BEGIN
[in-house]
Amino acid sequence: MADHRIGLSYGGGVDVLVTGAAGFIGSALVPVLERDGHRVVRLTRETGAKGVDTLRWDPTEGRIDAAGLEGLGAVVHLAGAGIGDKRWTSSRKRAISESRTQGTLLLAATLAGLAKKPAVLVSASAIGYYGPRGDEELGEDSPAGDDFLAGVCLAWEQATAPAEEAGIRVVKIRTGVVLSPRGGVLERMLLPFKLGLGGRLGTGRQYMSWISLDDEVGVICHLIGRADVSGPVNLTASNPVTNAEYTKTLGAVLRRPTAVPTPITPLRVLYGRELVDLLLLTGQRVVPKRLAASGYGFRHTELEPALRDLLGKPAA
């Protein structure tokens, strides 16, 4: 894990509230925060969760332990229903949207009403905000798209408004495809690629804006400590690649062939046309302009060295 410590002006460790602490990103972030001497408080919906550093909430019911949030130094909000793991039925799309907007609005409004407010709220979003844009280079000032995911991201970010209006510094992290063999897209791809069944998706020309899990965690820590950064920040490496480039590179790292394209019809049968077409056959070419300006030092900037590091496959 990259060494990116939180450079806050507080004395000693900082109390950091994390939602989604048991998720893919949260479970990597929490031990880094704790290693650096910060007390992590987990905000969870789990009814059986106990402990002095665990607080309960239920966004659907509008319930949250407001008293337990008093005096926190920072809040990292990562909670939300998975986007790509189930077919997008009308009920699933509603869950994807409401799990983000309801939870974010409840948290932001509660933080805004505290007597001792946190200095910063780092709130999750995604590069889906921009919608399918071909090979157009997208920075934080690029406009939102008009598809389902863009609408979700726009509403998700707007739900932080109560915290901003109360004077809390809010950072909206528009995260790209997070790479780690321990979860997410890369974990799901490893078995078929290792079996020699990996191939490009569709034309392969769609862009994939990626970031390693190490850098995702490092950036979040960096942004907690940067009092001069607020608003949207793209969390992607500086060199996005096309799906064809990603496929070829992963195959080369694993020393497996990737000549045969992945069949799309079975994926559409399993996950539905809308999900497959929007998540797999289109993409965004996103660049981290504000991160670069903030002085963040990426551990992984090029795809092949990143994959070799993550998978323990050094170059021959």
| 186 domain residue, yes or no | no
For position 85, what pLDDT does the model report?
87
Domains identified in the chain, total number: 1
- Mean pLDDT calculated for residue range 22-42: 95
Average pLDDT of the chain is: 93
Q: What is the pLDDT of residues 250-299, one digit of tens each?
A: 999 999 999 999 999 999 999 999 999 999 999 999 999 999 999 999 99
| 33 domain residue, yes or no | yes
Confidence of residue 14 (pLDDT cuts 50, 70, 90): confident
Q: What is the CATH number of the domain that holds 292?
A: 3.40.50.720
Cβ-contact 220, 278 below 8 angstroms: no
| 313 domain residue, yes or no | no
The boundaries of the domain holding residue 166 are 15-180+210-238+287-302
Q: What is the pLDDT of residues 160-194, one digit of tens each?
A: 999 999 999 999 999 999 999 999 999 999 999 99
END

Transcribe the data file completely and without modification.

[in-house]
Amino acid sequence: MADHRIGLSYGGGVDVLVTGAAGFIGSALVPVLERDGHRVVRLTRETGAKGVDTLRWDPTEGRIDAAGLEGLGAVVHLAGAGIGDKRWTSSRKRAISESRTQGTLLLAATLAGLAKKPAVLVSASAIGYYGPRGDEELGEDSPAGDDFLAGVCLAWEQATAPAEEAGIRVVKIRTGVVLSPRGGVLERMLLPFKLGLGGRLGTGRQYMSWISLDDEVGVICHLIGRADVSGPVNLTASNPVTNAEYTKTLGAVLRRPTAVPTPITPLRVLYGRELVDLLLLTGQRVVPKRLAASGYGFRHTELEPALRDLLGKPAA
């Protein structure tokens, strides 16, 4: 894990509230925060969760332990229903949207009403905000798209408004495809690629804006400590690649062939046309302009060295 410590002006460790602490990103972030001497408080919906550093909430019911949030130094909000793991039925799309907007609005409004407010709220979003844009280079000032995911991201970010209006510094992290063999897209791809069944998706020309899990965690820590950064920040490496480039590179790292394209019809049968077409056959070419300006030092900037590091496959 990259060494990116939180450079806050507080004395000693900082109390950091994390939602989604048991998720893919949260479970990597929490031990880094704790290693650096910060007390992590987990905000969870789990009814059986106990402990002095665990607080309960239920966004659907509008319930949250407001008293337990008093005096926190920072809040990292990562909670939300998975986007790509189930077919997008009308009920699933509603869950994807409401799990983000309801939870974010409840948290932001509660933080805004505290007597001792946190200095910063780092709130999750995604590069889906921009919608399918071909090979157009997208920075934080690029406009939102008009598809389902863009609408979700726009509403998700707007739900932080109560915290901003109360004077809390809010950072909206528009995260790209997070790479780690321990979860997410890369974990799901490893078995078929290792079996020699990996191939490009569709034309392969769609862009994939990626970031390693190490850098995702490092950036979040960096942004907690940067009092001069607020608003949207793209969390992607500086060199996005096309799906064809990603496929070829992963195959080369694993020393497996990737000549045969992945069949799309079975994926559409399993996950539905809308999900497959929007998540797999289109993409965004996103660049981290504000991160670069903030002085963040990426551990992984090029795809092949990143994959070799993550998978323990050094170059021959």
| 186 domain residue, yes or no | no
For position 85, what pLDDT does the model report?
87
Domains identified in the chain, total number: 1
- Mean pLDDT calculated for residue range 22-42: 95
Average pLDDT of the chain is: 93
Q: What is the pLDDT of residues 250-299, one digit of tens each?
A: 999 999 999 999 999 999 999 999 999 999 999 999 999 999 999 999 99
| 33 domain residue, yes or no | yes
Confidence of residue 14 (pLDDT cuts 50, 70, 90): confident
Q: What is the CATH number of the domain that holds 292?
A: 3.40.50.720
Cβ-contact 220, 278 below 8 angstroms: no
| 313 domain residue, yes or no | no
The boundaries of the domain holding residue 166 are 15-180+210-238+287-302
Q: What is the pLDDT of residues 160-194, one digit of tens each?
A: 999 999 999 999 999 999 999 999 999 999 999 99